While FDA has allowed charging for investigational drugs since the 1987 “Charging Rule” went into effect, the Agency has been responding to questions from industry ever since. In 2009, the FDA revised the Charging Rule itself. The revised guidance (here) discusses these changes and notes that the “FDA’s regulations on charging for investigational drugs under an investigational new drug application (IND) for the purpose of  either clinical trials or expanded access for treatment use (21 CFR 312.8), which went into effect on October 13, 2009” has continued to generate questions relating to the implementation and charging for investigational or compassionate use products, and in 2016, the Agency issued a Q&A document to address many of those questions.

The Federal Register notice (here) announces the availability of the revised draft guidance that includes answer to questions received since the 2016 guidance issued. It also says, “ In addition to editorial changes for clarity, significant changes from the 2016 version of the guidance include additional recommendations related to (1) submission of a copy of the receipt or invoice from the manufacturer as documentation when the expanded access sponsor intends to charge only the amount the manufacturer charged for the investigational drug and (2) distribution of the manufacturing, administrative, or monitoring costs from the first year over the expected duration of the expanded IND or protocol.”  The criteria for charging for investigational drugs are provided in 21 CFR 312.8(a) through (d).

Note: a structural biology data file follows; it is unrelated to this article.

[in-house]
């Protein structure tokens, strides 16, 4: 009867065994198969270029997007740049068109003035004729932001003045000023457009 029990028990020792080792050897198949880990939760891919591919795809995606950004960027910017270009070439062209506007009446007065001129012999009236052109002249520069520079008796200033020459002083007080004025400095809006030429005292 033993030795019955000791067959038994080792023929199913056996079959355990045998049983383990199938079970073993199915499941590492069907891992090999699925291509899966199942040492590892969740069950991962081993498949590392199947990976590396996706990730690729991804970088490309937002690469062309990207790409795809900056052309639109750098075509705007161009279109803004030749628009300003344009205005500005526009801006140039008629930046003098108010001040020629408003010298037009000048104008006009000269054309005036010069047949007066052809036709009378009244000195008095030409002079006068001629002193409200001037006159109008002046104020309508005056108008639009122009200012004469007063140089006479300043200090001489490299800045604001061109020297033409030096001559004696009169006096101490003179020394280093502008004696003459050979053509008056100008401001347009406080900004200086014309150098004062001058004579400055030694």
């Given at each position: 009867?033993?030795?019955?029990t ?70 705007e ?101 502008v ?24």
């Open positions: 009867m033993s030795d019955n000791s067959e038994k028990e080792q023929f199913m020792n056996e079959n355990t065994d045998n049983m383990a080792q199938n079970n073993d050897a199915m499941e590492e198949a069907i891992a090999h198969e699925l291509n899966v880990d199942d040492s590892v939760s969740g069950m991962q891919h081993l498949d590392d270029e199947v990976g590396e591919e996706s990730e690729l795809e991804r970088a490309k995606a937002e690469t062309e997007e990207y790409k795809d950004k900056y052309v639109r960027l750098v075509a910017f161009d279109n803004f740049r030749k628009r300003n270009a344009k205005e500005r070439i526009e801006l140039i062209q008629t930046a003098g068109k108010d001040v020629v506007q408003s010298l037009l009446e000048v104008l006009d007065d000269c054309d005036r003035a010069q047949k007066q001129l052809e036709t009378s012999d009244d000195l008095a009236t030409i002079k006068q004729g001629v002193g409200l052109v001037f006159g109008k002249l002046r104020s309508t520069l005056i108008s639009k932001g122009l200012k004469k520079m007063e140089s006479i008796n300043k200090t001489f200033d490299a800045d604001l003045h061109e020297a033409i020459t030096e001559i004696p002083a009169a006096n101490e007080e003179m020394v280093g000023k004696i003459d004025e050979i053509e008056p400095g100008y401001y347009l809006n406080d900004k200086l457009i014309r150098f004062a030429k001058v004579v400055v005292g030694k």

The Q&A document explains how and when the agency permits charging for the investigational drug, but the Agency notes that the mechanism for charging or whom to charge is not within the purview of the FDA.  With the recent controversy surrounding accelerated approvals and or the high cost of such drugs, this Q&A guidance may take on more significance to the industry. Enjoy the read!